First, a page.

Then, three years into our newlywed life, with a second baby on the way, Frankie was killed in a car crash when the other driver fell asleep at the wheel and plowed head-on into him. The rip through the Vitello family fabric left a huge scar. The senselessness of a 25-year-old new father suddenly dead. Mass cards poured in. Casseroles and pans of sustenance. Who could eat, though?
Grief enveloped us all. Frankie’s only sibling, Lisa, along with her husband, Jim—parents to two babies themselves—made space for me and my two babies in their California condo. What a strange household we must have seemed to the neighbors: three adults and four children under the age of 2. We shared the cooking, cleaning and caretaking, and looked forward to visits from Ma and Dad. And Ma, whether sitting on the sofa with her grandkids, reading picture books or changing diapers, never concluded the visit before making a couple batches of sauce. She stirred and steered her family through grief. Her only son was dead; still, she had no choice but to keep living, for her husband, for her daughter, for her grandkids and for me.
She made sauce. We ate the sauce. And, as time went on, she taught me to make the sauce.
The recipe was handed down from her own mother-in-law, back when they used tomatoes from their gardens. Evelyn modified the recipe for her 1950s kitchen, and eventually I added my own touches, too.
Evelyn passed away a few years ago. In her final months, her appetite waned, but her steady hand on the tasting spoon endured. She would no doubt have been pleased to see that her firstborn great-grandchild—my 2-year-old grandson, Luca—has just learned to stir a pot of the simmering sauce. He and his younger siblings and cousins won’t have the privilege of knowing Ma, but when they gather round the table on macaroni night, they’ll feel her love.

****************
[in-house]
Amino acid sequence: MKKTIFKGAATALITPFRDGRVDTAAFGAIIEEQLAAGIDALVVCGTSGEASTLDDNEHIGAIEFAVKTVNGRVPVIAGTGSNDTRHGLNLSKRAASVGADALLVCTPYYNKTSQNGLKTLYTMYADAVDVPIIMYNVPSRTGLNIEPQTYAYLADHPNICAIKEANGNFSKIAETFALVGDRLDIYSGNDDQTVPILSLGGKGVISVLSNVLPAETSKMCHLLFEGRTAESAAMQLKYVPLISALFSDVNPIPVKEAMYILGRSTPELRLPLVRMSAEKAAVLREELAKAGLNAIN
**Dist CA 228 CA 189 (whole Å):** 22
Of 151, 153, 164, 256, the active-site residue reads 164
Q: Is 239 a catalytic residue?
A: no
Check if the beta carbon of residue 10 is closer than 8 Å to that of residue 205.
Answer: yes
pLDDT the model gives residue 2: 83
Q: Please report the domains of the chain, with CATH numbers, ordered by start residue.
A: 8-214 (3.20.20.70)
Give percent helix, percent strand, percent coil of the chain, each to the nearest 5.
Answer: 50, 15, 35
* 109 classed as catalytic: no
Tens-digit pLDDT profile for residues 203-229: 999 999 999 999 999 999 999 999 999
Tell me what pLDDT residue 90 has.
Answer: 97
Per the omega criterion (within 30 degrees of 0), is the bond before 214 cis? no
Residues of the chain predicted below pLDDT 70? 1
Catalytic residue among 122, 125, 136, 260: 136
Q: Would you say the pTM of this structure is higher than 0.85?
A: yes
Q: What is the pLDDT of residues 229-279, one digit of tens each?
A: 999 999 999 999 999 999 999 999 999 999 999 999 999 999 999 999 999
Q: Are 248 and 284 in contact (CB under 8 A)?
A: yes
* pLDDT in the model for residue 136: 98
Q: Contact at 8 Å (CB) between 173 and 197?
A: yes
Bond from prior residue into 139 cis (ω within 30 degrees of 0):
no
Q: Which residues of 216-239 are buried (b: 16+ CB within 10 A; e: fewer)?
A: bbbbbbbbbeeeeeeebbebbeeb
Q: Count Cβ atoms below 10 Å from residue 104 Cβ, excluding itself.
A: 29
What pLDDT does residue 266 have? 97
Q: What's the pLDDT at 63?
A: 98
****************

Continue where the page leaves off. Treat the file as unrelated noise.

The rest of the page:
Ma’s Sauce and Meatballs
2½ pounds lean ground beef
3 eggs, beaten
1¼ cup Italian style bread crumbs
1 tablespoon dried parsley
¼ cup grated Romano cheese
1½ cup packaged herb stuffing mix
A few sprigs of fresh fennel, chopped
Salt and pepper to taste
Mix ingredients with hands, then slowly add warm water until mix is very moist but still holds its shape.
Form mixture into balls, cover with foil and refrigerate.
1 pound country-style pork shoulder, bone-in preferred
2 29-ounce cans tomato sauce
2 bay leaves
Half of a green pepper, seeds and ribs removed
One pinch red pepper flakes
Tomato paste to thicken sauce, if needed
Water to dilute sauce, if needed
½ teaspoon baking powder
Preheat oven to 400˚F. Bake pork until browned, turning once, 5 to 6 minutes per side.
In a large pot, mix tomato sauce, bay leaves, green pepper and red pepper flakes. Bring to a boil and add raw meatballs and browned pork. Reduce to a simmer, stirring occasionally, at least two hours.
Remove pork and transfer to a bowl. Shred meat and discard bone, if any. Return shredded pork to pot; simmer another 30 minutes.
Discard green pepper and bay leaves. Add water or tomato paste to arrive at desired consistency. Just before serving, add baking powder to cut acidity.
Nutrients per serving: 538 calories, 43g protein, 30g carbohydrates, 2g fiber, 27g fat, 190mg cholesterol, 1,187mg sodium
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Suzy Vitello, 60, lives in Portland, Oregon. She is the author of four novels, including Faultland. This essay was originally published at EatDarlingEat.net, a website about mothers and daughters and food traditions.